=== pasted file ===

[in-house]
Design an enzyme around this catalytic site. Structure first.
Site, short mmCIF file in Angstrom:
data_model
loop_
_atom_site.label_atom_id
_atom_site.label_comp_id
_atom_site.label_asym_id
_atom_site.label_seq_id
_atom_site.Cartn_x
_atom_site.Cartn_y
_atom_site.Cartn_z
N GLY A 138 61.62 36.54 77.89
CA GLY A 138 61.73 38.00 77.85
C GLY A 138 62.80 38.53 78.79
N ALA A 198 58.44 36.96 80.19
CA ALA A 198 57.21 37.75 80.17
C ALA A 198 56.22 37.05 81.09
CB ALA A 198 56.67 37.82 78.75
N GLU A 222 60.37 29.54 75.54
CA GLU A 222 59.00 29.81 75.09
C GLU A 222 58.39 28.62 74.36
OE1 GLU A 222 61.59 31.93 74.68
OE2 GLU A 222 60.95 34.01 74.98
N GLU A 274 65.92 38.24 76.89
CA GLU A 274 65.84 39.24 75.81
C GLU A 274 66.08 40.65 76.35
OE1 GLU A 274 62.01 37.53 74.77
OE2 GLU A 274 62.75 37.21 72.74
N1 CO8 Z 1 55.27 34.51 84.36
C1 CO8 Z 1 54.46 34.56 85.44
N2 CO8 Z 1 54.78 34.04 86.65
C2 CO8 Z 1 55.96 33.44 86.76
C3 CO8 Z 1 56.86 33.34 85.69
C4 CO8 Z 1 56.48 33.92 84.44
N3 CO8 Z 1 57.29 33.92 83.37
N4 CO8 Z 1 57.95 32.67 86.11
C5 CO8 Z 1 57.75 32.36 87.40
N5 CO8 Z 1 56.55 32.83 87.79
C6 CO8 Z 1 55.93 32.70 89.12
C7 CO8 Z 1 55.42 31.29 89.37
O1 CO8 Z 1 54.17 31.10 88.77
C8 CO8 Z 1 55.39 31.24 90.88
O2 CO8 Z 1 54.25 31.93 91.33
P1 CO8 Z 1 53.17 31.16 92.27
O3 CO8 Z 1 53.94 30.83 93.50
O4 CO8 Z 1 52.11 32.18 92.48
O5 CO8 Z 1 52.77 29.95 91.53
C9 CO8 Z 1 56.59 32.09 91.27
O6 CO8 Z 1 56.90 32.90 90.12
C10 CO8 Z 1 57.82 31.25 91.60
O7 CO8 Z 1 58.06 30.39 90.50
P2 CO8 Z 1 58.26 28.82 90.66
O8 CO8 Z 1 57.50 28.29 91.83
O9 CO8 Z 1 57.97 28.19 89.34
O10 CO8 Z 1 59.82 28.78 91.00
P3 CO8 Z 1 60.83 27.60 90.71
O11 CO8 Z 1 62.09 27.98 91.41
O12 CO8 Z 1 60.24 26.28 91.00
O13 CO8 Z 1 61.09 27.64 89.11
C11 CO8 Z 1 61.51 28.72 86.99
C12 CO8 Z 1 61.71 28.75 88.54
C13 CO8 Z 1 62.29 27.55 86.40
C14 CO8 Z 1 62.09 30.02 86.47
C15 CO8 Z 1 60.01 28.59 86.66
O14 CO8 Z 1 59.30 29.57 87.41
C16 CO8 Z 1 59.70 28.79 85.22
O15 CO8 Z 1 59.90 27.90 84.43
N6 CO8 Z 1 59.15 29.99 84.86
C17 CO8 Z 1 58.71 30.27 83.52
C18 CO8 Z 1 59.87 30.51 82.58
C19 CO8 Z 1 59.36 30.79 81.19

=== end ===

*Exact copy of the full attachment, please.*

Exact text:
[in-house]
Design an enzyme around this catalytic site. Structure first.
Site, short mmCIF file in Angstrom:
data_model
loop_
_atom_site.label_atom_id
_atom_site.label_comp_id
_atom_site.label_asym_id
_atom_site.label_seq_id
_atom_site.Cartn_x
_atom_site.Cartn_y
_atom_site.Cartn_z
N GLY A 138 61.62 36.54 77.89
CA GLY A 138 61.73 38.00 77.85
C GLY A 138 62.80 38.53 78.79
N ALA A 198 58.44 36.96 80.19
CA ALA A 198 57.21 37.75 80.17
C ALA A 198 56.22 37.05 81.09
CB ALA A 198 56.67 37.82 78.75
N GLU A 222 60.37 29.54 75.54
CA GLU A 222 59.00 29.81 75.09
C GLU A 222 58.39 28.62 74.36
OE1 GLU A 222 61.59 31.93 74.68
OE2 GLU A 222 60.95 34.01 74.98
N GLU A 274 65.92 38.24 76.89
CA GLU A 274 65.84 39.24 75.81
C GLU A 274 66.08 40.65 76.35
OE1 GLU A 274 62.01 37.53 74.77
OE2 GLU A 274 62.75 37.21 72.74
N1 CO8 Z 1 55.27 34.51 84.36
C1 CO8 Z 1 54.46 34.56 85.44
N2 CO8 Z 1 54.78 34.04 86.65
C2 CO8 Z 1 55.96 33.44 86.76
C3 CO8 Z 1 56.86 33.34 85.69
C4 CO8 Z 1 56.48 33.92 84.44
N3 CO8 Z 1 57.29 33.92 83.37
N4 CO8 Z 1 57.95 32.67 86.11
C5 CO8 Z 1 57.75 32.36 87.40
N5 CO8 Z 1 56.55 32.83 87.79
C6 CO8 Z 1 55.93 32.70 89.12
C7 CO8 Z 1 55.42 31.29 89.37
O1 CO8 Z 1 54.17 31.10 88.77
C8 CO8 Z 1 55.39 31.24 90.88
O2 CO8 Z 1 54.25 31.93 91.33
P1 CO8 Z 1 53.17 31.16 92.27
O3 CO8 Z 1 53.94 30.83 93.50
O4 CO8 Z 1 52.11 32.18 92.48
O5 CO8 Z 1 52.77 29.95 91.53
C9 CO8 Z 1 56.59 32.09 91.27
O6 CO8 Z 1 56.90 32.90 90.12
C10 CO8 Z 1 57.82 31.25 91.60
O7 CO8 Z 1 58.06 30.39 90.50
P2 CO8 Z 1 58.26 28.82 90.66
O8 CO8 Z 1 57.50 28.29 91.83
O9 CO8 Z 1 57.97 28.19 89.34
O10 CO8 Z 1 59.82 28.78 91.00
P3 CO8 Z 1 60.83 27.60 90.71
O11 CO8 Z 1 62.09 27.98 91.41
O12 CO8 Z 1 60.24 26.28 91.00
O13 CO8 Z 1 61.09 27.64 89.11
C11 CO8 Z 1 61.51 28.72 86.99
C12 CO8 Z 1 61.71 28.75 88.54
C13 CO8 Z 1 62.29 27.55 86.40
C14 CO8 Z 1 62.09 30.02 86.47
C15 CO8 Z 1 60.01 28.59 86.66
O14 CO8 Z 1 59.30 29.57 87.41
C16 CO8 Z 1 59.70 28.79 85.22
O15 CO8 Z 1 59.90 27.90 84.43
N6 CO8 Z 1 59.15 29.99 84.86
C17 CO8 Z 1 58.71 30.27 83.52
C18 CO8 Z 1 59.87 30.51 82.58
C19 CO8 Z 1 59.36 30.79 81.19